Demand for gold jewellery in the Middle East dipped in the last quarter due to soaring prices and regional unrest.
Gold jewellery loses a little lustre across region
Gold jewellery has lost some of its lustre across the Middle East as sales slump in the second quarter amid record high prices and regional unrest.
Demand dropped 1 per cent in the UAE and as much as 16 per cent in Saudi Arabia, according to a World Gold Council (WGC) report.
However, regional appetite for the precious metal in the form of bars and coins for investment purposes rose by 11 per cent during the period, although that segment accounts for a much smaller proportion of overall sales.
Globally, overall demand for gold in all forms slumped 17 per cent, driven by ebbing investment demand, said the report released yesterday.
But the WGC expects demand to rise across the year as Asian buyers add to holdings, and as interest in the metal as a haven is stoked by continuing worries about US and euro-zone sovereign debt. "Ongoing macroeconomic uncertainty, the continued sovereign debt crisis and widespread inflationary pressures will result in gold demand remaining strong," said Marcus Grubb, the managing director of investment at the WGC, which is funded by the gold mining industry.
Gold prices edged to a record US$1,826 an ounce yesterday as the commodity's safe haven status continued to be enhanced by uncertainty in other financial markets.
Measuring all gold sales on a quarterly basis, WGC assesses demand for the precious metal for jewellery, investment and for use in technology devices.
In the Middle East jewellery segment during the second quarter, the largest decline was in Saudi Arabia. Demand of 21 tonnes was 16 per cent below the same period last year, WGC said in its report. The brunt of the decrease was in 21-carat gold, with buyers shifting to lower carat items.
The UAE was the most resilient of the regional markets, with 16.1 tonnes of jewellery purchased, only 1 per cent below the same period last year. Sales were underpinned by appetite from expatriates from the Indian subcontinent, evidenced by the relative strength of the 22-carat jewellery segment, WGC said. Demand from the other Gulf countries fell 4 per cent to 4.9 tonnes.
Jewellery demand in Egypt dropped 8 per cent to 8.3 tonnes.
Rising gold prices and the fallout from the Arab Spring discouraged gold jewellery purchases in the Middle East, the report said. Parts of the region have been hit by unrest this year, deterring tourists and hurting the spending power of citizens.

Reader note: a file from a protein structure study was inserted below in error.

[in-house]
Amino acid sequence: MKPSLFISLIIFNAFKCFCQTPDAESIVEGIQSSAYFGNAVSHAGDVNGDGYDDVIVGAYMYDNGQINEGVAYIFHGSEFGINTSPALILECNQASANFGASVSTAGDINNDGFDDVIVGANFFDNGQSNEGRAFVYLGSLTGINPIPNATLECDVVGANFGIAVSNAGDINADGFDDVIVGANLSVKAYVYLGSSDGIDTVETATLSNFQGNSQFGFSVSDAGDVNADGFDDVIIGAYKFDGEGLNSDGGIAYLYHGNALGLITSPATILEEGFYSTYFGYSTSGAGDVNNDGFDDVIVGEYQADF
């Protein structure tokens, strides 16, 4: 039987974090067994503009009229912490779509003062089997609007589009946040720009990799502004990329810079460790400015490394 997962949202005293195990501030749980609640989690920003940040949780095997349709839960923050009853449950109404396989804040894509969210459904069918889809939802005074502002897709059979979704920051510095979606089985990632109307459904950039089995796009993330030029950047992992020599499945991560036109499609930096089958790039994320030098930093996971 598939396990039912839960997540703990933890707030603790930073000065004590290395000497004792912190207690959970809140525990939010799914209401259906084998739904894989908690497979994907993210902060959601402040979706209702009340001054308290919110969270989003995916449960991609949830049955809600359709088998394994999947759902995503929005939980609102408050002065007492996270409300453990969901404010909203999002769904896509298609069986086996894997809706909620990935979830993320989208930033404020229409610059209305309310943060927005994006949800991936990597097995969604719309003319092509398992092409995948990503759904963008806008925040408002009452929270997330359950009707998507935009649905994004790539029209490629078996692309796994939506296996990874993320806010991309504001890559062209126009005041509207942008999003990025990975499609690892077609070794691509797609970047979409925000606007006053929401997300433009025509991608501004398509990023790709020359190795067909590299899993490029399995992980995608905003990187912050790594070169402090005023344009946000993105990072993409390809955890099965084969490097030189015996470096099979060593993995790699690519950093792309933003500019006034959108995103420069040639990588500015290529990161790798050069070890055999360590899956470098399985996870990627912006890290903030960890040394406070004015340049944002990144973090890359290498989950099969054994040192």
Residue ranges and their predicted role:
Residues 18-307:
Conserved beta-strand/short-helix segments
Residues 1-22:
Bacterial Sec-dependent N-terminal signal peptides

"A fall in tourist numbers will always impact gold jewellery sales," said Jeffrey Rhodes, the chief executive of INTL Commodities in Dubai.
In contrast, stronger demand was recorded in the regional investment segment, which comprises demand for bars and coins and exchange-traded funds (ETFs), which allow investors to buy gold bullion in the same way they would shares. Regional demand was 6.8 tonnes, equivalent to about $327 million (Dh1.2 billion), up 11 per cent from the same period last year.
Growth in Saudi Arabia was 26 per cent, with a smaller increase of 6 per cent in the UAE and 17 per cent in other Gulf states. In Egypt, demand slipped by 28 per cent to 0.4 tonnes.
Globally, in the overall gold market the WGC said signs of strength in the second quarter remained concentrated in India and China. Purchases of coins, bars, jewellery and gold-backed funds all declined in Europe and the US.
Gold demand dropped 17 per cent in the three months from April to June to 919.8 tonnes from the same period last year.
Interest in gold-backed ETFs fell steeply, down 82 per cent to 51.7 tonnes from last year's high levels. There were signs that this trend was reversing, Mr Grubb said.
"We are bound to get a strong investment number in the third quarter because of the euro-zone sovereign problems," he was quoted by Reuters as saying. "We know ETFs hit a new all-time high in tonnage terms in July and August, and in terms of jewellery demand, there doesn't seem to have been a lot of slackening from the strong turnout in the second quarter."